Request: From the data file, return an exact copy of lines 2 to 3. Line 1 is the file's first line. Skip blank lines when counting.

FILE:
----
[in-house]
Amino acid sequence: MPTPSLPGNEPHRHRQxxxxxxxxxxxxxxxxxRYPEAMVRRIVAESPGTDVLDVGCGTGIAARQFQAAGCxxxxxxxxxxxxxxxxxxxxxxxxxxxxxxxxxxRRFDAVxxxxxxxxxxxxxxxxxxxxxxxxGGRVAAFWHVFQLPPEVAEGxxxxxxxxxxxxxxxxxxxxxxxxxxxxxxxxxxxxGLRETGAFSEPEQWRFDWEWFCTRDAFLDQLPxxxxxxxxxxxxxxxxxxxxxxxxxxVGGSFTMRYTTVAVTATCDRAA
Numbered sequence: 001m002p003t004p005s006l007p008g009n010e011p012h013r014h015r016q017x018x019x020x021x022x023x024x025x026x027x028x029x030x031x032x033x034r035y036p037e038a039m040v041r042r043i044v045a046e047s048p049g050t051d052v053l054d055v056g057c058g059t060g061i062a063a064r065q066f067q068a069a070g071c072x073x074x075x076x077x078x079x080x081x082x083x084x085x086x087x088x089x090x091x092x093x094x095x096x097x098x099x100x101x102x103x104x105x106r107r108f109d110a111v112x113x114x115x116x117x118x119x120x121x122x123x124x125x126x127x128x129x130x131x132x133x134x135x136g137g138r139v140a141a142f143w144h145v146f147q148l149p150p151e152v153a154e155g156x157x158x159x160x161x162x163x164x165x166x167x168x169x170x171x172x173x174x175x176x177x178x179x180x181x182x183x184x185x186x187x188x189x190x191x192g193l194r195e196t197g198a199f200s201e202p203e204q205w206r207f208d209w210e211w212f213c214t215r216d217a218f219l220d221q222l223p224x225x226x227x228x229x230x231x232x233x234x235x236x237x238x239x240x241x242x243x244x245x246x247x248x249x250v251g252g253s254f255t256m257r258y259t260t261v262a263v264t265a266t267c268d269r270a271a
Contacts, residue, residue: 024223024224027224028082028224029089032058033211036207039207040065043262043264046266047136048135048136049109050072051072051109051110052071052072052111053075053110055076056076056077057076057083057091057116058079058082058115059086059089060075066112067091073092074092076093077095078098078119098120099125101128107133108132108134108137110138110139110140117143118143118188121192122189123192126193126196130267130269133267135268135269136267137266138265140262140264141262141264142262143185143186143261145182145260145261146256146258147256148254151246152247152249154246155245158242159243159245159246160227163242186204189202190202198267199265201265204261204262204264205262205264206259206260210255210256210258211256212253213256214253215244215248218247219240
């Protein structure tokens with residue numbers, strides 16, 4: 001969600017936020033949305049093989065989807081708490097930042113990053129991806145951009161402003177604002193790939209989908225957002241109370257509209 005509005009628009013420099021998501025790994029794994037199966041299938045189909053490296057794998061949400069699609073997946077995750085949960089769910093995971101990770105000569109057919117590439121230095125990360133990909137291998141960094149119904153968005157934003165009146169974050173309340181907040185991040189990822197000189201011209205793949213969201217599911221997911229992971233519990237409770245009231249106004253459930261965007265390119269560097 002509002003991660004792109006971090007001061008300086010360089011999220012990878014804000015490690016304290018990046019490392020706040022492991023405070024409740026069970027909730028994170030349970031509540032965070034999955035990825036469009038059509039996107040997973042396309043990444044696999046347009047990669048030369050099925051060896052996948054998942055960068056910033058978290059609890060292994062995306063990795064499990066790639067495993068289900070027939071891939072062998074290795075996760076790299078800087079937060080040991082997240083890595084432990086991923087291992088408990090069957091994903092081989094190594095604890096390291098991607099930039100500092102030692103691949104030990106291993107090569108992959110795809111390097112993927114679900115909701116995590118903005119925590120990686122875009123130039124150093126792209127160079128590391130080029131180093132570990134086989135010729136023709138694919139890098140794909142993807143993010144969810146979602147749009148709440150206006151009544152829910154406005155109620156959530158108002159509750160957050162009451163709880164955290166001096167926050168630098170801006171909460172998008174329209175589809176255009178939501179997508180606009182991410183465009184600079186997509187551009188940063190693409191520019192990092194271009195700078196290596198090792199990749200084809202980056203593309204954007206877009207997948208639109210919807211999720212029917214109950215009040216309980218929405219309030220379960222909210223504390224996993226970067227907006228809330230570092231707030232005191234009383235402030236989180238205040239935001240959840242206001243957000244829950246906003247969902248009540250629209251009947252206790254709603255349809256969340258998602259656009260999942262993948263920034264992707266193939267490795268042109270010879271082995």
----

Amino acid sequence: MPTPSLPGNEPHRHRQxxxxxxxxxxxxxxxxxRYPEAMVRRIVAESPGTDVLDVGCGTGIAARQFQAAGCxxxxxxxxxxxxxxxxxxxxxxxxxxxxxxxxxxRRFDAVxxxxxxxxxxxxxxxxxxxxxxxxGGRVAAFWHVFQLPPEVAEGxxxxxxxxxxxxxxxxxxxxxxxxxxxxxxxxxxxxGLRETGAFSEPEQWRFDWEWFCTRDAFLDQLPxxxxxxxxxxxxxxxxxxxxxxxxxxVGGSFTMRYTTVAVTATCDRAA
Numbered sequence: 001m002p003t004p005s006l007p008g009n010e011p012h013r014h015r016q017x018x019x020x021x022x023x024x025x026x027x028x029x030x031x032x033x034r035y036p037e038a039m040v041r042r043i044v045a046e047s048p049g050t051d052v053l054d055v056g057c058g059t060g061i062a063a064r065q066f067q068a069a070g071c072x073x074x075x076x077x078x079x080x081x082x083x084x085x086x087x088x089x090x091x092x093x094x095x096x097x098x099x100x101x102x103x104x105x106r107r108f109d110a111v112x113x114x115x116x117x118x119x120x121x122x123x124x125x126x127x128x129x130x131x132x133x134x135x136g137g138r139v140a141a142f143w144h145v146f147q148l149p150p151e152v153a154e155g156x157x158x159x160x161x162x163x164x165x166x167x168x169x170x171x172x173x174x175x176x177x178x179x180x181x182x183x184x185x186x187x188x189x190x191x192g193l194r195e196t197g198a199f200s201e202p203e204q205w206r207f208d209w210e211w212f213c214t215r216d217a218f219l220d221q222l223p224x225x226x227x228x229x230x231x232x233x234x235x236x237x238x239x240x241x242x243x244x245x246x247x248x249x250v251g252g253s254f255t256m257r258y259t260t261v262a263v264t265a266t267c268d269r270a271a